Lord Grade made the introductory speech and introduced Sir Keith Mills who confirmed that the Duchess of Cambridge had agreed to be the Patron of the Trust. Three huge names in one sentence, all putting their weight behind an America’s Cup campaign. And while the Cup will not be won on the basis of which team has the most impressive line up of dignitaries, there is no question that BAR has already amassed some incredible support with a wealth of talent and track records to match.
A statement from Her Highness read, “I am delighted to be Royal Patron of the 1851 Trust. I feel very fortunate to have enjoyed sailing from a young age and I know it is a great way of providing young people with the opportunity to develop skills and confidence. It is a hugely exciting time for sailing as the British Challenger bids to bring the America’s Cup back to Britain. I am looking forward to being part of this journey and I hope that through the 1851 Trust we can engage and inspire a new generation into sailing along the way,”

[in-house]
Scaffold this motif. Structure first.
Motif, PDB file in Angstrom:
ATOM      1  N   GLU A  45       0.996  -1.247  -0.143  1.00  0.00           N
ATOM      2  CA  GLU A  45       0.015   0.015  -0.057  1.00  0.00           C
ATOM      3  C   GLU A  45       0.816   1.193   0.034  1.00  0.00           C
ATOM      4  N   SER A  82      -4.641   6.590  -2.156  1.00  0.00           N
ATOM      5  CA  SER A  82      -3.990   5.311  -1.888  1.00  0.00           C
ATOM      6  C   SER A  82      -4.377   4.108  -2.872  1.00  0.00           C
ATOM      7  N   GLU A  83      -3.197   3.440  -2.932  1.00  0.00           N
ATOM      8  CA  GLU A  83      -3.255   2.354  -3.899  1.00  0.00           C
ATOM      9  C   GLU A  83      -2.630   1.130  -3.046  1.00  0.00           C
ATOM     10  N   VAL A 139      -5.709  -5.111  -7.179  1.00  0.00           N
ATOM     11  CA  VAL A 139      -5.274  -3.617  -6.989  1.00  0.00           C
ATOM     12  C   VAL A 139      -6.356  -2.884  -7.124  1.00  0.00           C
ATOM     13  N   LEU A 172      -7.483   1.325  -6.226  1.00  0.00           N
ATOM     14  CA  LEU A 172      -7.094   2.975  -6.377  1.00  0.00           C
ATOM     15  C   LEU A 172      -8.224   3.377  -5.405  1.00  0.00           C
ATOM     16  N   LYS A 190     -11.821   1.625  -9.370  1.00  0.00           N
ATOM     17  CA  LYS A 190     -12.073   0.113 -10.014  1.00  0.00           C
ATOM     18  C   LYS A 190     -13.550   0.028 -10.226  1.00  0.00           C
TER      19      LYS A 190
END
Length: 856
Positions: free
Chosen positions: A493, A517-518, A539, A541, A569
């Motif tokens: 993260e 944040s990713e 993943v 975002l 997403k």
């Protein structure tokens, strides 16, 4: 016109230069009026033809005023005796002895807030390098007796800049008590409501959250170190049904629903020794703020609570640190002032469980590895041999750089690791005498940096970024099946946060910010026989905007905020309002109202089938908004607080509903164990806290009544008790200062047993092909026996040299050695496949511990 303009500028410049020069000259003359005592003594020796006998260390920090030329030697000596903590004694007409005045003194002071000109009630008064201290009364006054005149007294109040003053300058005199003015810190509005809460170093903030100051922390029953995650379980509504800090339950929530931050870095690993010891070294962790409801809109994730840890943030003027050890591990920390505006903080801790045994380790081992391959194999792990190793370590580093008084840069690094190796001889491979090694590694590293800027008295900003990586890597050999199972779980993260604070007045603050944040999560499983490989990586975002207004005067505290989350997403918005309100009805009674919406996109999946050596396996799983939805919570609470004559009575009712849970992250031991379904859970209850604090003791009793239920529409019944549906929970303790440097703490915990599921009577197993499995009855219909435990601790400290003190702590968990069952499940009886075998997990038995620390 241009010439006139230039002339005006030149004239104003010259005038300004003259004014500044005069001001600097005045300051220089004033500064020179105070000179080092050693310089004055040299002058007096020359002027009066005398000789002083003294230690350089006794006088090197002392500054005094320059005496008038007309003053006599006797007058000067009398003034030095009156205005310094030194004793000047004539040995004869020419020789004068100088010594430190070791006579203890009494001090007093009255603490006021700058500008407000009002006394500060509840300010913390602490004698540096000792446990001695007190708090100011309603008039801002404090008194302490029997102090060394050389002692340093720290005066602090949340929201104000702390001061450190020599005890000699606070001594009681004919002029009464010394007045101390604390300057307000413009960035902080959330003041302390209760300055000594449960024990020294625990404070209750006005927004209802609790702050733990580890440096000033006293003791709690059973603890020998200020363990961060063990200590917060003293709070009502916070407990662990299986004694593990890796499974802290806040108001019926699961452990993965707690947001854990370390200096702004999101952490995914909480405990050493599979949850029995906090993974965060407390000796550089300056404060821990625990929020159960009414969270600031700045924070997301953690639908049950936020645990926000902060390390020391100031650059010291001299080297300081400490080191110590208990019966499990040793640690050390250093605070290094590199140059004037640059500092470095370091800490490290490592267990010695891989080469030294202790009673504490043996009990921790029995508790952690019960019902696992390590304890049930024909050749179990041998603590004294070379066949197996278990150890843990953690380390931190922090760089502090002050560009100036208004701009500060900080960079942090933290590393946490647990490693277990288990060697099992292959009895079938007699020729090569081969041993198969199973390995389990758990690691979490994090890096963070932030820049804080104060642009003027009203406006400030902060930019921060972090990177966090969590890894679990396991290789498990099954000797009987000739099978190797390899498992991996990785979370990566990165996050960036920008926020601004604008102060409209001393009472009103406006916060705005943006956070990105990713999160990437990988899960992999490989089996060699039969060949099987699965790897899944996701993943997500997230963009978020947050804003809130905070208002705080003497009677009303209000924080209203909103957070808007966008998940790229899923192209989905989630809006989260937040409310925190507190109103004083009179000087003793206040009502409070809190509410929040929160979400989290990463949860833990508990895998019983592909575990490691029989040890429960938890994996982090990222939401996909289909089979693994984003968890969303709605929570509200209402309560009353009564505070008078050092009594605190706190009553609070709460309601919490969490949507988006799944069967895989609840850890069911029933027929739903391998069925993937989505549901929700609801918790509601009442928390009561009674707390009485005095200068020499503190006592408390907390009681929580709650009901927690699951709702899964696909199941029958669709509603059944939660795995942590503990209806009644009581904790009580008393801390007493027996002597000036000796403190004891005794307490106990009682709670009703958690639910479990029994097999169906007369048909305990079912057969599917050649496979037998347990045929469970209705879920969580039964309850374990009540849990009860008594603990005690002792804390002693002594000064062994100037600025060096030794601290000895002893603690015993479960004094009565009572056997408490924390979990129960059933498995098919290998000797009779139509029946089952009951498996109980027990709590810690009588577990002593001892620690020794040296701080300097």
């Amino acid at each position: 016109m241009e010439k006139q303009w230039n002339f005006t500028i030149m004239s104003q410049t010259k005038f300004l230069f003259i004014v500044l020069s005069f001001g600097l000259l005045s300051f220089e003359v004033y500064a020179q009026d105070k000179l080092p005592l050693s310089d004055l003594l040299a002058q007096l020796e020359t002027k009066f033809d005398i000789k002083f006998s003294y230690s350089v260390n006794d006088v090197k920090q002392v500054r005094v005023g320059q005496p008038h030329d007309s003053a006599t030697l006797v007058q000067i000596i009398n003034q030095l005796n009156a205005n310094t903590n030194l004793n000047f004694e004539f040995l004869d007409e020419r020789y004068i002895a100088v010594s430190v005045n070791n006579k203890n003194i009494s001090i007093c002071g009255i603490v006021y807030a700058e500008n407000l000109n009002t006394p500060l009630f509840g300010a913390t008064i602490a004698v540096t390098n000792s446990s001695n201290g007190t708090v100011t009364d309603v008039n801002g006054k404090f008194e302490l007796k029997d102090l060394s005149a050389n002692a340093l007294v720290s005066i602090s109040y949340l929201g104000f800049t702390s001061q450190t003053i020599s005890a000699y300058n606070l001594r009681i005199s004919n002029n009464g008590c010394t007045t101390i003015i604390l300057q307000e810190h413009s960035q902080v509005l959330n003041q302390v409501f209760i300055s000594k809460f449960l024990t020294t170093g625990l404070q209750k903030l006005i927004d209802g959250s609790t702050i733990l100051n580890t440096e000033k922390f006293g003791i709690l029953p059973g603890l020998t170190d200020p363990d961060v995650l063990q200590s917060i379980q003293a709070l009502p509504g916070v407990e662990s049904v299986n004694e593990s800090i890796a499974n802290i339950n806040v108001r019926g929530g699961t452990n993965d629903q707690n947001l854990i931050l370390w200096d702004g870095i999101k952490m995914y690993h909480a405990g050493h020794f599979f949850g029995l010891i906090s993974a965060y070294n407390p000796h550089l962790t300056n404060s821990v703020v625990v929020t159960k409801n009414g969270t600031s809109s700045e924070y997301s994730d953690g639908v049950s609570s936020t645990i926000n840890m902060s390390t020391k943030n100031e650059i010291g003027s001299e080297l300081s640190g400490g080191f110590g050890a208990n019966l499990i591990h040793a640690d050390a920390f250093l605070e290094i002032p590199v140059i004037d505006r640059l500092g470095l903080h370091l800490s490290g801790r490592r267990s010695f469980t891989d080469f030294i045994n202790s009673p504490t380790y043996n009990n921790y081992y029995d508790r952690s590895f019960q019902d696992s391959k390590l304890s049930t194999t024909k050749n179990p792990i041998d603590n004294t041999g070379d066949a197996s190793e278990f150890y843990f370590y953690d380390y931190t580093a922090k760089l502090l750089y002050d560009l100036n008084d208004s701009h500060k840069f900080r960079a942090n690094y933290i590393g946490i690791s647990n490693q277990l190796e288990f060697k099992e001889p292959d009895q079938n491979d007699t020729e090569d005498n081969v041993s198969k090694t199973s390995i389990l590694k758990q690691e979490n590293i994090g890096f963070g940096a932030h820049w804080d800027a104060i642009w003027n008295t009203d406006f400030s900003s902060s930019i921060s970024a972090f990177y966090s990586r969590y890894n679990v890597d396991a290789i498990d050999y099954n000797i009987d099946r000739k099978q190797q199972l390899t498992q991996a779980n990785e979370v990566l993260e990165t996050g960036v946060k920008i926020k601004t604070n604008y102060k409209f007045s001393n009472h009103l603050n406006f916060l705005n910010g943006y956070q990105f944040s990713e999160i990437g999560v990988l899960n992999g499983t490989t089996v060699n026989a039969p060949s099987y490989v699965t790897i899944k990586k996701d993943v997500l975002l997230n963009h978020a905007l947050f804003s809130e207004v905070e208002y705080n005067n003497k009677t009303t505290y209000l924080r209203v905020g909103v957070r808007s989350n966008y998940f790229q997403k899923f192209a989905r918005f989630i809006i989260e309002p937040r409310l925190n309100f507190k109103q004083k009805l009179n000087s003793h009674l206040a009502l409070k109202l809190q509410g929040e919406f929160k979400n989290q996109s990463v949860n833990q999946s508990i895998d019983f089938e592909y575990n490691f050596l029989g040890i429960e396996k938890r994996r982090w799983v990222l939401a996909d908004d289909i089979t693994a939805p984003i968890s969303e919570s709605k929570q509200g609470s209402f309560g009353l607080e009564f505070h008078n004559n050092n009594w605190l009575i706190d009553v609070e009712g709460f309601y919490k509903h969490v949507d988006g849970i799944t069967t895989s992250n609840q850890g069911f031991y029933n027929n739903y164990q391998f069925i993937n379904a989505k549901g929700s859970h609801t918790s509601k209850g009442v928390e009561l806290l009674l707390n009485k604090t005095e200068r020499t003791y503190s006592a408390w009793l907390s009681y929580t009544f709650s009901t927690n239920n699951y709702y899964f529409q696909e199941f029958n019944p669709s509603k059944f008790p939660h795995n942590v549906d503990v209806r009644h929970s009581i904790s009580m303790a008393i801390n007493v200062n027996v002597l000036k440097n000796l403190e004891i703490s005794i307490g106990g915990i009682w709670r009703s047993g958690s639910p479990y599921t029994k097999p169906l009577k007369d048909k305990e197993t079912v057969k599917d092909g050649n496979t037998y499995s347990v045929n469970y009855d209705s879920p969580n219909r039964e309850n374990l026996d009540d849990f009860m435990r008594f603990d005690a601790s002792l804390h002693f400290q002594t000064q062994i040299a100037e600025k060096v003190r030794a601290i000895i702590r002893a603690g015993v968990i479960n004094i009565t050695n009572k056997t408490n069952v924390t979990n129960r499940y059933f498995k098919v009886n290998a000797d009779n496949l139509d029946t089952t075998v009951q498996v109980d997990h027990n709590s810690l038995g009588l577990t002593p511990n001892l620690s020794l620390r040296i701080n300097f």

Sir Keith Mills is no stranger to wining bids and delivering to a deadline having been deputy chair of the London Organising Committee for the Olympic Games. He also knows plenty about ensuring that such huge undertakings provide a lasting legacy. Talking to him after the presentation he described the effort that went into the Invictus Games and how an invitation to the Palace turned into a task of organising a huge international sporting event in just seven months. An event that one presumes, with Royal backing, couldn’t be allowed fail. And it didn’t, far from it.
If there’s one thing that Sir Keith is known for it is making the right calls and delivering. And while his previous attempt at the Cup with Team Origin had to be halted, it did so because the Cup world was in a very different state.
While it is true that we still don’t know where and when the 35th America’s Cup will take place, the mood within the Defender and Challenger camps is very different to what we became used to during the five or so years that followed the 32nd Cup in Valencia.